Opening image: “It’s like the visual expression of freedom.” Ben and Laura take the long road to Stanley on East Falkland Island. Photo Laura Wilson

The Faraway Place: Laura And Ben Go To The Falkland Islands

 

Laura Wilson and Ben Herrgott are a pair of adventurous surf rats with a predilection for all things remote, rugged and raw as possible. In the middle of the pandemic, they made a decision – to depart their sweet home-time situation in Jan Juc, just down the road from Bells, and set out on an epic expedition to all the far-flung corners of the earth they hadn’t yet explored. A couple of modern-day wayfarers, they packed up their lives late last year and set off.

 

After sailing from Argentina to the Antarctic Peninsula and back – an expedition filled with penguins, icebergs, elusive waves, a surprise wedding and some polar disco action with a bunch of wild Bulgarian scientists – Ben and Laura took an unexpected detour east. Destination: the Falkland Islands, a wind-blasted Gondwanan archipelago in the far south of the Atlantic Ocean.

(Left) “I loved this wave ... it's really punchy, and seems to be always getting some swell. You park on the grass, you are barefoot, it's a bit cold but acceptable and you never worry that a surf crowd will come.” Ben tucks into a solitary beachie near Stanley. (Right) “The motto for the island and the locals is – where nature is still in charge.” Beach culture, Falklands style. Photos Laura Wilson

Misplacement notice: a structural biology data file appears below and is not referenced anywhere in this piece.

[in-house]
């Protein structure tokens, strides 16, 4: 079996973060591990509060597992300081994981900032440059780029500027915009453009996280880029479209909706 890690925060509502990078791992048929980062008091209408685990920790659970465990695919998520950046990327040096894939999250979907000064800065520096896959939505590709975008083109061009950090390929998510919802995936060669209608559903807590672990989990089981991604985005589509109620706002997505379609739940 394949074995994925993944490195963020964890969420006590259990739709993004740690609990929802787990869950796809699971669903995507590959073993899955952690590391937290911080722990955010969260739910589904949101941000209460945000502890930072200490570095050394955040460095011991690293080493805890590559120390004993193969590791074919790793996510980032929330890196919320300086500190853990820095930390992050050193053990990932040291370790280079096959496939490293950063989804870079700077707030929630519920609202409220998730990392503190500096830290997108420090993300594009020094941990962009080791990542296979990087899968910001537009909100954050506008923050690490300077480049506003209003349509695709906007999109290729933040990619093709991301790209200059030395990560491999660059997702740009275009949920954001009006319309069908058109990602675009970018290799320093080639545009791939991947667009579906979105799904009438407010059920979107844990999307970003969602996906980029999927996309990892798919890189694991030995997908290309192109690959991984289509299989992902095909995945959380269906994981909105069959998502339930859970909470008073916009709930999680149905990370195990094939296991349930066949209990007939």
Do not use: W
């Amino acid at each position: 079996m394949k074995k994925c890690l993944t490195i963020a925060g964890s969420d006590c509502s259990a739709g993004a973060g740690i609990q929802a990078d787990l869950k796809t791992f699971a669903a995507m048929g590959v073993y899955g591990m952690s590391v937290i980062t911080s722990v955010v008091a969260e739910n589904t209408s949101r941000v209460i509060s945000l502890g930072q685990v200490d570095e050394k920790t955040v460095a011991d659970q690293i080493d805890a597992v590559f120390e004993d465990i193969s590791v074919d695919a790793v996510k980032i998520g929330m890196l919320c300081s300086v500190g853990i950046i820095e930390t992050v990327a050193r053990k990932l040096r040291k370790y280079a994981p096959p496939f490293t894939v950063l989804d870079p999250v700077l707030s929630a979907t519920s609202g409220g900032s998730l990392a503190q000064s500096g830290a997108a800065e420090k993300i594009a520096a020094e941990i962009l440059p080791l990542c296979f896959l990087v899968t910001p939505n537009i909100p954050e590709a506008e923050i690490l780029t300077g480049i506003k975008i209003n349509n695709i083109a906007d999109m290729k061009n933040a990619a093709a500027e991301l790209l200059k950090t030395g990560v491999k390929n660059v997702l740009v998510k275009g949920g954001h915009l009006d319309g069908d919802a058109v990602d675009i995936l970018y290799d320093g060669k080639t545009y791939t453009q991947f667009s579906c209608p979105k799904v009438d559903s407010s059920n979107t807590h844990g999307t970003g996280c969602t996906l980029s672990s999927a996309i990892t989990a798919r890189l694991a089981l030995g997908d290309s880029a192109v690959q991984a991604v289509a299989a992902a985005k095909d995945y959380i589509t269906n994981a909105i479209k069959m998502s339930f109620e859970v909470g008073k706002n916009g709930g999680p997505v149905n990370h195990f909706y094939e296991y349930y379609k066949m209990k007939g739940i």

Ben. We had been thinking about it, but not very seriously. It’s kind of whoop whoop. It’s a faraway place.

Laura. Flights are always delayed – sometimes by up to ten days because of the wind. It's crazy.

Ben. We were really curious. When we did our research for Antarctica, we were introduced to a guy called Dion Poncet – the son of Jérôme Ponce who was the real pioneer of the Antarctic Peninsula. Dion was actually born on the boat when they were stuck in the ice. So we were talking to Dion, who was telling us where we could potentially see waves, the places to avoid for ice and different dangers. And we asked him, where are you? And he said, “Well, I live on this island with my dad, my fiance and my dad's partner in the Falklands. It’s just four of us, because it's an archipelago of like 700 islands.”

So it had been on our mind, but really not very seriously.

Laura. Then whilst on the boat, we got talking about it. Captain Zeek loves the Falkland Islands and has sailed there quite a few times. And we thought yep, let's just go there whilst we’re in this part of the world.

It’s a long, long way from Bells to the Falklands. This eclectic signpost was initially constructed by British troops deployed to the archipelago. Photo Laura Wilson